Here you can analyze the structure of a Miniscript expression and more.

Provide a well-typed miniscript expression of type "B".

Miniscript reference

Translation table

This table shows all Miniscript fragments and their associated semantics and Bitcoin Script. Fragments that do not change the semantics of their subexpressions are called wrappers. Normal fragments use a "fragment(arguments,...)" notation, while wrappers are written using prefixes separated from other fragments by a colon. The colon is dropped between subsequent wrappers; e.g. vc:pk(key) is the v: wrapper applied to the c: wrapper applied to the pk fragment for a given key.

SemanticsMiniscript fragmentBitcoin Script
false 0 0
true 1 1
check(key) pk(key) <key>
pk_h(key) DUP HASH160 <HASH160(key)> EQUALVERIFY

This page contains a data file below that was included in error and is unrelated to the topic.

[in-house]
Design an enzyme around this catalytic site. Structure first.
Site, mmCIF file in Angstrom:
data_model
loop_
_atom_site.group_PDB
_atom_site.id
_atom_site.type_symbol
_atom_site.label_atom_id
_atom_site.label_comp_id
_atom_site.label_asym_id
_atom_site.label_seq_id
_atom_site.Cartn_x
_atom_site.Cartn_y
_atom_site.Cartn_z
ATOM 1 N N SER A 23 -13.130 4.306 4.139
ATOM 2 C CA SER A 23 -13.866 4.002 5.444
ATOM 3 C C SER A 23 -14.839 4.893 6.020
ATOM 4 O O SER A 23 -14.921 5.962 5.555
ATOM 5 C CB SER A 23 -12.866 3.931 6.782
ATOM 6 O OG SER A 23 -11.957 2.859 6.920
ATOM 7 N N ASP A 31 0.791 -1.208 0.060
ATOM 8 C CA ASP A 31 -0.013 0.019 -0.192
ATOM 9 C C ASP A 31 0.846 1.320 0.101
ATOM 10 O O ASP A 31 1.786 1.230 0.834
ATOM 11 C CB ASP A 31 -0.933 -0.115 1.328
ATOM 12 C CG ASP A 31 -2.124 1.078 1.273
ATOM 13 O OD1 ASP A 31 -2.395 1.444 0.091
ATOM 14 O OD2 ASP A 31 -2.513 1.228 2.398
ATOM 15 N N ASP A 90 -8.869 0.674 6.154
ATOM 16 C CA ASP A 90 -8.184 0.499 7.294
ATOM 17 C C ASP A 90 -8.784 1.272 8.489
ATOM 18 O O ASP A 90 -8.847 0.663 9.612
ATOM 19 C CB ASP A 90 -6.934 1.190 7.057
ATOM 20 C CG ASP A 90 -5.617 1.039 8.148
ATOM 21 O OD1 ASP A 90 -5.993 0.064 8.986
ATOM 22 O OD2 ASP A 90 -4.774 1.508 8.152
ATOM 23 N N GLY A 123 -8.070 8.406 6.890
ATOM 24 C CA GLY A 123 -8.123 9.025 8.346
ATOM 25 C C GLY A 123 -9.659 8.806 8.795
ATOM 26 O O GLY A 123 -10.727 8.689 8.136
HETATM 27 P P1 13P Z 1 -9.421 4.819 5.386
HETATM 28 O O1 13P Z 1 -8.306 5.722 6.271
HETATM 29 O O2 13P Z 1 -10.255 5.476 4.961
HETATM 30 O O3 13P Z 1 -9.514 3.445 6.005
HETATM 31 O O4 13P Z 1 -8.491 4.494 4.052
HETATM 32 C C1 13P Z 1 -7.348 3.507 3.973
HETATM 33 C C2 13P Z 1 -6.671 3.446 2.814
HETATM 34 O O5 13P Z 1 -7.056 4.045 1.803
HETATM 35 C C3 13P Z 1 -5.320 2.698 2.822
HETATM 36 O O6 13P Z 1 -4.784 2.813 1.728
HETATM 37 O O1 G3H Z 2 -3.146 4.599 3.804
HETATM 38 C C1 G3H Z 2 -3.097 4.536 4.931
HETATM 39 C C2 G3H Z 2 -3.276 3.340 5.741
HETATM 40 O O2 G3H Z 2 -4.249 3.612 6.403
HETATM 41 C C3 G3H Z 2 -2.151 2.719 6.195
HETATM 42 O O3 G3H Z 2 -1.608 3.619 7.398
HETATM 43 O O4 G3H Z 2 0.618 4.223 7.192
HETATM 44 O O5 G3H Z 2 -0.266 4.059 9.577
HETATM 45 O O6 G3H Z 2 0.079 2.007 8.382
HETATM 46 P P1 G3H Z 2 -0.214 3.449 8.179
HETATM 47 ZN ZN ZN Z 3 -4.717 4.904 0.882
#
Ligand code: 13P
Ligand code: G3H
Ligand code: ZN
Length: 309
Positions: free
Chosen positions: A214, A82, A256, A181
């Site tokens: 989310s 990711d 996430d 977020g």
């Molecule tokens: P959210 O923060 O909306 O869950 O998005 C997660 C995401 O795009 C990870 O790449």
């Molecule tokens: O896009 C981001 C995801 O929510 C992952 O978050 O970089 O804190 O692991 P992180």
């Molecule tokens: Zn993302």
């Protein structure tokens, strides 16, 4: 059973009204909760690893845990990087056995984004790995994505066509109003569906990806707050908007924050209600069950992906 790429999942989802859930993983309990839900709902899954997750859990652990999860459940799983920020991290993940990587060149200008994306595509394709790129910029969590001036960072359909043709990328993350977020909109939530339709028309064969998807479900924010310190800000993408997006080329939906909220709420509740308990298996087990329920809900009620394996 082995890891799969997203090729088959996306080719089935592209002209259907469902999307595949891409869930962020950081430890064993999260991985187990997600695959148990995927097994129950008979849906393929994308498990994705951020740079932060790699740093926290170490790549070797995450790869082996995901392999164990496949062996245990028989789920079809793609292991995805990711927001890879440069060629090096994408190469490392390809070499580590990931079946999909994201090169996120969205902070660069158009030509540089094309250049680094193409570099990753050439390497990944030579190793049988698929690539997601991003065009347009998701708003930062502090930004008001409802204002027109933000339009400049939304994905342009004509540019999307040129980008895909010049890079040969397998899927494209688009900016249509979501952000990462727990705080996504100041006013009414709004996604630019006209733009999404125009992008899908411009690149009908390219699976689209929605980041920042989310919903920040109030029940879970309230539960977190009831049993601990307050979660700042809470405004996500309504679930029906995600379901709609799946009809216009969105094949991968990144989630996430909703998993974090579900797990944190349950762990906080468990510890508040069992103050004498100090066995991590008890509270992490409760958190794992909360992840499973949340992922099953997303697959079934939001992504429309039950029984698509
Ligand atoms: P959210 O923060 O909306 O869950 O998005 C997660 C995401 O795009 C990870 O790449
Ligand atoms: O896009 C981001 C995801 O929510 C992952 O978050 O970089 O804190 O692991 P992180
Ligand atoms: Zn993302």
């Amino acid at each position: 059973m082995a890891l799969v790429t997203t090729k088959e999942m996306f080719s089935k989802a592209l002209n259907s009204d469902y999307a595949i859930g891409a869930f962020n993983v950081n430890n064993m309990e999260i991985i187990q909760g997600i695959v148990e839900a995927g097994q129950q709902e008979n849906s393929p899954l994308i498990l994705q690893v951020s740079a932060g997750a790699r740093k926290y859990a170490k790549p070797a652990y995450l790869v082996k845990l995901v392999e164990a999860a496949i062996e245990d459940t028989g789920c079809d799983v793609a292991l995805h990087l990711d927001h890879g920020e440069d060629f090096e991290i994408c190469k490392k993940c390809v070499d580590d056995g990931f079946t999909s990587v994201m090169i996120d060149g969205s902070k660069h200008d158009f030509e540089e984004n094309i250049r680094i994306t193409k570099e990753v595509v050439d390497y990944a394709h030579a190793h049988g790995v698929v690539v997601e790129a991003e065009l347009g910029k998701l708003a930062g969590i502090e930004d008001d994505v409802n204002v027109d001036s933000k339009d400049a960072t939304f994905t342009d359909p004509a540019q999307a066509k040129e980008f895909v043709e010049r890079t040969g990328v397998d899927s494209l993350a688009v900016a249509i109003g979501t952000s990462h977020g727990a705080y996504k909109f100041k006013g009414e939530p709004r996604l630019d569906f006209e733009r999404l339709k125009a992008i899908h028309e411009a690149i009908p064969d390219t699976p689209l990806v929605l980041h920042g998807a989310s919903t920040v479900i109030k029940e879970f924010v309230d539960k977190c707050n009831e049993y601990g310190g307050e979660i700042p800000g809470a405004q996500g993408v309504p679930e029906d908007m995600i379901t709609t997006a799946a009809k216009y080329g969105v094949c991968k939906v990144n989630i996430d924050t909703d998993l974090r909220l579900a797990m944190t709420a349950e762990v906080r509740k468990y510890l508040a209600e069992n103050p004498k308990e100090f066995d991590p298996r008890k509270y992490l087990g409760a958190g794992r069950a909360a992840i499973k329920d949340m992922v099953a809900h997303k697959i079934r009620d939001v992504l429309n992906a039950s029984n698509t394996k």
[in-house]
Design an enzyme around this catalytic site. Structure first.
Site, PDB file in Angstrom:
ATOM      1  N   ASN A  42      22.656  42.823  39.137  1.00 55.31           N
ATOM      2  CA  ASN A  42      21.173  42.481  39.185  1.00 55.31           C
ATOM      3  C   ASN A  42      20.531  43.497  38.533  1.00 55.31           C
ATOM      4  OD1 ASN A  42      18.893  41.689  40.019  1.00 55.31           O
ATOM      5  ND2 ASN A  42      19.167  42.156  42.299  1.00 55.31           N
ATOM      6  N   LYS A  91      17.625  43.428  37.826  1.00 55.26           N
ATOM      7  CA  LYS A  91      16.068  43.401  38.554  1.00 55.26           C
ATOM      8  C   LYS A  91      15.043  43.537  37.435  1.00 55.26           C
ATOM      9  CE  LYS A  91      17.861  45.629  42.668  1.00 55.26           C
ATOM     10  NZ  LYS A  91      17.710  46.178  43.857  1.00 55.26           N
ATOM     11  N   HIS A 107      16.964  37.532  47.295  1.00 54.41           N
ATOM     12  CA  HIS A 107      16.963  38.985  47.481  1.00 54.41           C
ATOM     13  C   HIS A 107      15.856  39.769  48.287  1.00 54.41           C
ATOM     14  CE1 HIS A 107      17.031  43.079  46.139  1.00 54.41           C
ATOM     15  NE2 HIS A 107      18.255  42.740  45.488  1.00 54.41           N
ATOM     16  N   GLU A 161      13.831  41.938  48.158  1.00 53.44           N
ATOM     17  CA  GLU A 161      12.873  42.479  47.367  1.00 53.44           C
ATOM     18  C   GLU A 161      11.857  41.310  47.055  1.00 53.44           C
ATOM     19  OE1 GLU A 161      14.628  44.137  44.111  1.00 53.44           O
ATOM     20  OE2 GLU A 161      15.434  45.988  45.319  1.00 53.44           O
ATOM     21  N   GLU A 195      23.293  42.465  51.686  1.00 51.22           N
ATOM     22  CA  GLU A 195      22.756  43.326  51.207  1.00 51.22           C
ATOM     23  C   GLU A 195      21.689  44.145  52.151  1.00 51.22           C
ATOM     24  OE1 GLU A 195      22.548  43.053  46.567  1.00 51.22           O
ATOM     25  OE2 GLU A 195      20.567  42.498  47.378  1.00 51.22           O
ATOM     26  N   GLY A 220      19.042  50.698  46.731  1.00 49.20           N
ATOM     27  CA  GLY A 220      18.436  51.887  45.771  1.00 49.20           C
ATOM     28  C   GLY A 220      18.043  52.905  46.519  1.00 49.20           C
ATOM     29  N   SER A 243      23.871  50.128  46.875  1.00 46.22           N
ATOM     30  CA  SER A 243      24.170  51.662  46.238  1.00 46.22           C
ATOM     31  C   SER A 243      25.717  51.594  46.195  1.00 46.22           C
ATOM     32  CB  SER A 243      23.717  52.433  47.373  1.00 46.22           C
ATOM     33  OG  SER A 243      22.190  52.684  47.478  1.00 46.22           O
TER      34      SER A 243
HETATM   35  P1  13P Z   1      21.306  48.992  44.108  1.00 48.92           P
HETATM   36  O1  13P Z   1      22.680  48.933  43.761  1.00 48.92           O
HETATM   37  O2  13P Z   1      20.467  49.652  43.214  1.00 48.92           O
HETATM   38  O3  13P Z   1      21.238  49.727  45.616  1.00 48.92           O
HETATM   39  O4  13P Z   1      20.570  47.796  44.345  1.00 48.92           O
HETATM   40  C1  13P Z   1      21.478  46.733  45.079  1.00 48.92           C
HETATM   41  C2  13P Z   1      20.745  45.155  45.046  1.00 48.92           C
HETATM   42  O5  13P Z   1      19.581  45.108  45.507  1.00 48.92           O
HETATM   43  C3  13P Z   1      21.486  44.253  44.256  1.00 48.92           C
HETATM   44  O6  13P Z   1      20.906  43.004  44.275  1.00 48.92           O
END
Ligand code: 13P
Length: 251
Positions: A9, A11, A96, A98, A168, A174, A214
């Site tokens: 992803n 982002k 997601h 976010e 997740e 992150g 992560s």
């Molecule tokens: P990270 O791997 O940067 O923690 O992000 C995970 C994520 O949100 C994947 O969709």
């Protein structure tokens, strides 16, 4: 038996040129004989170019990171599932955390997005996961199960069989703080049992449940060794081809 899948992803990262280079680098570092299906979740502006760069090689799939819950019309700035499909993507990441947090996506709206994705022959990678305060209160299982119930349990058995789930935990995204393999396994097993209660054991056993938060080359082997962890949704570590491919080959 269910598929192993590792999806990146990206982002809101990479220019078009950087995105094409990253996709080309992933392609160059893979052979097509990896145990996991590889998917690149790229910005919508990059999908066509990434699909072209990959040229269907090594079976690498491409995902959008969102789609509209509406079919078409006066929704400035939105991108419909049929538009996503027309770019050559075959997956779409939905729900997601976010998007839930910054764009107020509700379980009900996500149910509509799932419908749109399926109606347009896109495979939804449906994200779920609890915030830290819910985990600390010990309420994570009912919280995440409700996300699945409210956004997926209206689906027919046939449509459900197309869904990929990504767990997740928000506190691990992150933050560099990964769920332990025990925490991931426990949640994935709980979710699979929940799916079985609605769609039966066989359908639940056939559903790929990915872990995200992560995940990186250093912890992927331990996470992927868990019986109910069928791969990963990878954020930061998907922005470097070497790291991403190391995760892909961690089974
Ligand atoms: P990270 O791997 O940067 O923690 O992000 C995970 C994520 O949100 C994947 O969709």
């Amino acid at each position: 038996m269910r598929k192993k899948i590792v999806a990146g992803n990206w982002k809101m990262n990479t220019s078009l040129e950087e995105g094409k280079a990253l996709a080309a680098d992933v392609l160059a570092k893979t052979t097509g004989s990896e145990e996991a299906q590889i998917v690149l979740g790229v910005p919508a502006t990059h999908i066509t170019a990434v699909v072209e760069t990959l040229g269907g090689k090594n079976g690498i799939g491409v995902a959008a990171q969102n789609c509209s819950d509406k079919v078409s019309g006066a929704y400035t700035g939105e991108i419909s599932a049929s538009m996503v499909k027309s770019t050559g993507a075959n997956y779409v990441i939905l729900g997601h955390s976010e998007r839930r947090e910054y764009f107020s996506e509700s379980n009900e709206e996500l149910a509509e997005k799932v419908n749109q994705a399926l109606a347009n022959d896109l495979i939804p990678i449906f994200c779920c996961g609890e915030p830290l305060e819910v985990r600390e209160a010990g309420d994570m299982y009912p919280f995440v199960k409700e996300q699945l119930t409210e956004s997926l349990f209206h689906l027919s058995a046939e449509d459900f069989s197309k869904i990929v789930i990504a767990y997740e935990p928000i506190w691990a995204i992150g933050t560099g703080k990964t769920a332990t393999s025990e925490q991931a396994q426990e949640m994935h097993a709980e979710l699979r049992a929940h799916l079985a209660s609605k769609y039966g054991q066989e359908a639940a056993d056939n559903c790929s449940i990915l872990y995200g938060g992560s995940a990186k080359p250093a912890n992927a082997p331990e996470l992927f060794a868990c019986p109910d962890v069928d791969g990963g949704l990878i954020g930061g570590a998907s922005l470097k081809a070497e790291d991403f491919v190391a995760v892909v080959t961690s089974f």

nSequence ≥ n (and compatible) older(n) <n> CHECKSEQUENCEVERIFY
nLockTime ≥ n (and compatible) after(n) <n> CHECKLOCKTIMEVERIFY
len(x) = 32 and SHA256(x) = h sha256(h) SIZE <32> EQUALVERIFY SHA256 <h> EQUAL
len(x) = 32 and HASH256(x) = h hash256(h) SIZE <32> EQUALVERIFY HASH256 <h> EQUAL
len(x) = 32 and RIPEMD160(x) = h ripemd160(h) SIZE <32> EQUALVERIFY RIPEMD160 <h> EQUAL
len(x) = 32 and HASH160(x) = h hash160(h) SIZE <32> EQUALVERIFY HASH160 <h> EQUAL
(X and Y) or Z andor(X,Y,Z) [X] NOTIF [Z] ELSE [Y] ENDIF
X and Y and_v(X,Y) [X] [Y]
and_b(X,Y) [X] [Y] BOOLAND
and_n(X,Y) = andor(X,Y,0) [X] NOTIF 0 ELSE [Y] ENDIF
X or Z or_b(X,Z) [X] [Z] BOOLOR
or_c(X,Z) [X] NOTIF [Z] ENDIF
or_d(X,Z) [X] IFDUP NOTIF [Z] ENDIF
or_i(X,Z) IF [X] ELSE [Z] ENDIF
X1 + ... + Xn = k thresh(k,X1,...,Xn) [X1] [X2] ADD ... [Xn] ADD ... <k> EQUAL